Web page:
Prospero and Miranda

Photograph
1865 (photographed)
Prospero and Miranda thumbnail 1
Image of Gallery in South Kensington
On display at V&A South Kensington
Prints & Drawings Study Room, level F
Artist/Maker
Place Of Origin

Julia Margaret Cameron looked to painting and sculpture as inspiration for her allegorical and narrative subjects. Some works are photographic interpretations of specific paintings by artists such as Raphael and Michelangelo. Others aspired more generally to create ‘Pictorial Effect’.

Cameron's harshest critics attacked her for using the supposedly truthful medium of photography to depict imaginary subject matter. Some suggested that at best her photographs could serve as studies for painters. The South Kensington Museum mainly acquired 'Madonnas' and 'Fancy Subjects', and exhibited them as pictures in their own right.

Henry Taylor was one of Cameron's favourite models. She wrote of him, ‘Regardless of the possible dread that sitting to my fancy might be making a fool of himself, he consented to be in turn Friar Laurence with Juliet, Prospero with Miranda, Ahasuerus with Queen Esther, to hold my poker as his sceptre, and do whatever I desired of him.’



object details
Categories
Object Type
Materials and Techniques
Albumen print from wet collodion glass negative
Brief Description
Photograph by Julia Margaret Cameron, 'Prospero and Miranda' (sitters Henry Taylor, Mary Ryan), albumen print, 1865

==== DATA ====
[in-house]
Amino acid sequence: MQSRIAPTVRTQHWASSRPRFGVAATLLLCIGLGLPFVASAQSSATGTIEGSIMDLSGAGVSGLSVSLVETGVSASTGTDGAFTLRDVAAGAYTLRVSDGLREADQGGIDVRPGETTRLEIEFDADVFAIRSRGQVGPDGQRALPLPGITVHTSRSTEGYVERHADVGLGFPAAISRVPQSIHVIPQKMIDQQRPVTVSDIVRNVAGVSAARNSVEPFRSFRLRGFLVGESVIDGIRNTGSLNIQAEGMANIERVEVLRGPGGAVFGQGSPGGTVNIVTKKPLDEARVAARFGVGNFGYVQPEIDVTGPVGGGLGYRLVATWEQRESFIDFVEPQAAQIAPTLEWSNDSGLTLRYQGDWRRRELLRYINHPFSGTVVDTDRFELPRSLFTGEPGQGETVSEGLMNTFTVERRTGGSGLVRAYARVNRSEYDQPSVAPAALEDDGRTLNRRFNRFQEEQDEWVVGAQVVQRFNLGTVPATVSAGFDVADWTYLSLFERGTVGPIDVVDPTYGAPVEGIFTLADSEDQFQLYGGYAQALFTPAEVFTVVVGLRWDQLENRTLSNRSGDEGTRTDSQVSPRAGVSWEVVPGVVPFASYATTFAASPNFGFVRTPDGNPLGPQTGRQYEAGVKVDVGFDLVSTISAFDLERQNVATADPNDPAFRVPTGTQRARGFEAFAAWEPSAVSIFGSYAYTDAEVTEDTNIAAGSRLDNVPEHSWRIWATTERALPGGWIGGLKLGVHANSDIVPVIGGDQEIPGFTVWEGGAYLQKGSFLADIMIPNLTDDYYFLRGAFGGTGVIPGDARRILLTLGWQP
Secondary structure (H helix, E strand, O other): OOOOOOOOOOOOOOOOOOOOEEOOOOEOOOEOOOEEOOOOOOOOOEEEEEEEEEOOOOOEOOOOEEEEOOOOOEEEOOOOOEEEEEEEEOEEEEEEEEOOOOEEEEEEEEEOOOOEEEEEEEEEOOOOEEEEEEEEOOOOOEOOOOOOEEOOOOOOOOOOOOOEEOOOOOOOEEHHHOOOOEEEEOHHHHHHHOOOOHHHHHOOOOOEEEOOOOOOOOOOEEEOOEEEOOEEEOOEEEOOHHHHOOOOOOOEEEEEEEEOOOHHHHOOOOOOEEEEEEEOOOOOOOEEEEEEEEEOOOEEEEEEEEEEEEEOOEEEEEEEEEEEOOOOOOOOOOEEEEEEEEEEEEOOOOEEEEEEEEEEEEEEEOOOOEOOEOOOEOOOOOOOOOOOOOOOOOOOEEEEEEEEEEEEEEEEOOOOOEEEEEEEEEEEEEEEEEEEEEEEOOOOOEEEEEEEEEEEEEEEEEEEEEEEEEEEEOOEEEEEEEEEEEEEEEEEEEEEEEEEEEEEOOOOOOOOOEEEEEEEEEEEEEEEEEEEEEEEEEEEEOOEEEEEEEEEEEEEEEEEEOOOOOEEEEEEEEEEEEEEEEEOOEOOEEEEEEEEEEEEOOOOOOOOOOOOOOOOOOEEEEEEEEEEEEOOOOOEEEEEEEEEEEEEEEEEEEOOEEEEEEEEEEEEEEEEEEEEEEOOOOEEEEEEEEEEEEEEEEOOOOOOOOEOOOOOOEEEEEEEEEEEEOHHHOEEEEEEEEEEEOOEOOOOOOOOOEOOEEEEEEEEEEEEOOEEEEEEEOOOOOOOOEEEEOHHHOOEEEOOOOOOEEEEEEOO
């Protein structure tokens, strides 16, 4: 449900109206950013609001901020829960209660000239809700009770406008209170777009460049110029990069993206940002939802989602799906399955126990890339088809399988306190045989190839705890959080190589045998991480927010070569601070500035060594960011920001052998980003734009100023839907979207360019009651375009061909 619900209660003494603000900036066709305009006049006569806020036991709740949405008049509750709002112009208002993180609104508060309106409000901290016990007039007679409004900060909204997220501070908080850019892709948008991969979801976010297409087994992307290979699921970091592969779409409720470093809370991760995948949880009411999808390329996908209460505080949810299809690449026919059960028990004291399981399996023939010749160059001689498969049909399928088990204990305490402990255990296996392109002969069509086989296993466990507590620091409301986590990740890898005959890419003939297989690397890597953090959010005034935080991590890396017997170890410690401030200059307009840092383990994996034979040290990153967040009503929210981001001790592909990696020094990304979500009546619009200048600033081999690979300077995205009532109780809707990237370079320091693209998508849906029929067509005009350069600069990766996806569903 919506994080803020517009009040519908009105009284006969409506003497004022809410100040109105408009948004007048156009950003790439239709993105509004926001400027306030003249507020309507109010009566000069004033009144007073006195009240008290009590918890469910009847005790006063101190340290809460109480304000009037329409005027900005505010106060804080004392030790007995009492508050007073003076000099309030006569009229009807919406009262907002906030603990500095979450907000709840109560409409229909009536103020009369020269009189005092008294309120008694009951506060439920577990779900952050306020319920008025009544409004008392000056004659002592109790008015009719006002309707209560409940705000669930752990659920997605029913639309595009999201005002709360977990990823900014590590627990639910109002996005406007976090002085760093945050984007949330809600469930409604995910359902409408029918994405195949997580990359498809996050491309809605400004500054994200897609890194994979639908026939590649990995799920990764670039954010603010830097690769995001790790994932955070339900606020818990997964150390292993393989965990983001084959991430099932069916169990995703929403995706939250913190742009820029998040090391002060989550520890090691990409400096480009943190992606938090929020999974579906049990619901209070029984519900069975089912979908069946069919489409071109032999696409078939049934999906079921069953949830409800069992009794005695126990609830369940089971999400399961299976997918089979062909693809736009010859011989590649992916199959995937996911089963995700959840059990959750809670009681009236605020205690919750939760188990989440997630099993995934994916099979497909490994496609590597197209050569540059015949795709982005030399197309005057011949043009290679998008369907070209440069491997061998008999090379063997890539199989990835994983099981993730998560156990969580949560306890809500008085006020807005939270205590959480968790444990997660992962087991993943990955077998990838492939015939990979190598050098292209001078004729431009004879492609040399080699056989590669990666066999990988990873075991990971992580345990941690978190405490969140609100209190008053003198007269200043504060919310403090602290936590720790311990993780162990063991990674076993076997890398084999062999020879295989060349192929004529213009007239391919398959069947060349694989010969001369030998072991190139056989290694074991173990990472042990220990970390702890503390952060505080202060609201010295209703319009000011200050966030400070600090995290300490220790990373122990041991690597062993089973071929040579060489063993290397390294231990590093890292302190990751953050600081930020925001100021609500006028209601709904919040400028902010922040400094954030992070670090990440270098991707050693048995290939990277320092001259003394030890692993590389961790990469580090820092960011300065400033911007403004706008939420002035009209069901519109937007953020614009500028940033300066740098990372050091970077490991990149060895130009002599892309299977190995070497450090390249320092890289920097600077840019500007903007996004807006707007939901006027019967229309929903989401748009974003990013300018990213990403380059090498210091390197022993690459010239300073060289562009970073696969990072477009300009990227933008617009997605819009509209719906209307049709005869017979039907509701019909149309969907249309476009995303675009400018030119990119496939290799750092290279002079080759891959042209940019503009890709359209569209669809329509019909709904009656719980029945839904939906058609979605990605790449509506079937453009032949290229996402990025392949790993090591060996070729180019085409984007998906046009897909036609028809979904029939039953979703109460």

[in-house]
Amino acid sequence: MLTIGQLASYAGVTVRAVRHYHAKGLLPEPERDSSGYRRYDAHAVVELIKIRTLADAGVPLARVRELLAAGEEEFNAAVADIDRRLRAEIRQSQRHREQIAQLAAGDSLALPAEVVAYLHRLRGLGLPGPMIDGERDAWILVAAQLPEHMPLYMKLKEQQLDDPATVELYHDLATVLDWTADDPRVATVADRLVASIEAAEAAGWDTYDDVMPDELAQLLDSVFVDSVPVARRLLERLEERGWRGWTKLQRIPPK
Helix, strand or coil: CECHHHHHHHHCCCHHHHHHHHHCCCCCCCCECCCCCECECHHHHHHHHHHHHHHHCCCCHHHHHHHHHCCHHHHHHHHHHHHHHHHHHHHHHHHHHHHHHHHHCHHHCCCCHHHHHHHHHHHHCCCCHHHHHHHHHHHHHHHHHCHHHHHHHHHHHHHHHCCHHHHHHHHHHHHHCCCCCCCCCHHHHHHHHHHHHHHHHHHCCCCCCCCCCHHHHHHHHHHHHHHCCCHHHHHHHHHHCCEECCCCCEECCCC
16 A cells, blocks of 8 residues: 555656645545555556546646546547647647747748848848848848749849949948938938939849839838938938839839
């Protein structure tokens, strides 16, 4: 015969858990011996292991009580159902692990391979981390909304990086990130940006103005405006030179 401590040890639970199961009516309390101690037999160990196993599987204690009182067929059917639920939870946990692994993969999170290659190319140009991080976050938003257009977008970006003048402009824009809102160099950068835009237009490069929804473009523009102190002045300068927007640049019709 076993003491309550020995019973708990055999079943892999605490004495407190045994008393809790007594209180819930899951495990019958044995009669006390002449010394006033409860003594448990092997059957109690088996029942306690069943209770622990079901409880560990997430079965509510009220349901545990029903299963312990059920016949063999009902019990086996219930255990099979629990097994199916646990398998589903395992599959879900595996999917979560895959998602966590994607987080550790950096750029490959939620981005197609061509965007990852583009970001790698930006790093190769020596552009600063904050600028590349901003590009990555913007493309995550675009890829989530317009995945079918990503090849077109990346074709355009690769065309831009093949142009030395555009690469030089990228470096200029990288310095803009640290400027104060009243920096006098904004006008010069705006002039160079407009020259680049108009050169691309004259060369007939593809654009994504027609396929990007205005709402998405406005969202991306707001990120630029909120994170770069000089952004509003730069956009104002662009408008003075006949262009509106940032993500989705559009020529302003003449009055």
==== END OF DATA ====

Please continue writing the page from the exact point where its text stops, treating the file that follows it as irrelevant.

Physical Description
A photograph of a bearded and standing man (Henry Taylor) wearing a velvet hat with a young woman (Mary Ryan) kneeling at his knees.
Dimensions
  • Image height: 330mm
  • Image width: 270mm
  • Mount height: 410mm
  • Mount width: 330mm
  • Mount height: 580mm
  • Mount width: 380mm
Style
Marks and Inscriptions
"From Life" in ink lower left recto of mount. "Prospero and Miranda" in ink lower centre recto of mount. "Julia Margaret Cameron in ink lower right recto of mount.
Credit line
Given by Mrs Ida S. Perrin, 1939
Object history
Julia Margaret Cameron (1815–79) was one of the most important and innovative photographers of the 19th century. Her photographs were rule-breaking: purposely out of focus, and often including scratches, smudges and other traces of the artist’s process. Best known for her powerful portraits, she also posed her sitters – friends, family and servants – as characters from biblical, historical or allegorical stories.



Born in Calcutta on 11 June 1815, the fourth of seven sisters, her father was an East India Company official and her mother descended from French aristocracy. Educated mainly in France, Cameron returned to India in 1834.



In 1842, the British astronomer Sir John Herschel (1792 – 1871) introduced Cameron to photography, sending her examples of the new invention. They had met in 1836 while Cameron was convalescing from an illness in the Cape of Good Hope, South Africa. He remained a life-long friend and correspondent on technical photographic matters. That same year she met Charles Hay Cameron (1795–1880), 20 years her senior, a reformer of Indian law and education. They married in Calcutta in 1838 and she became a prominent hostess in colonial society. A decade later, the Camerons moved to England. By then they had four children; two more were born in England. Several of Cameron’s sisters were already living there, and had established literary, artistic and social connections. The Camerons eventually settled in Freshwater, on the Isle of Wight.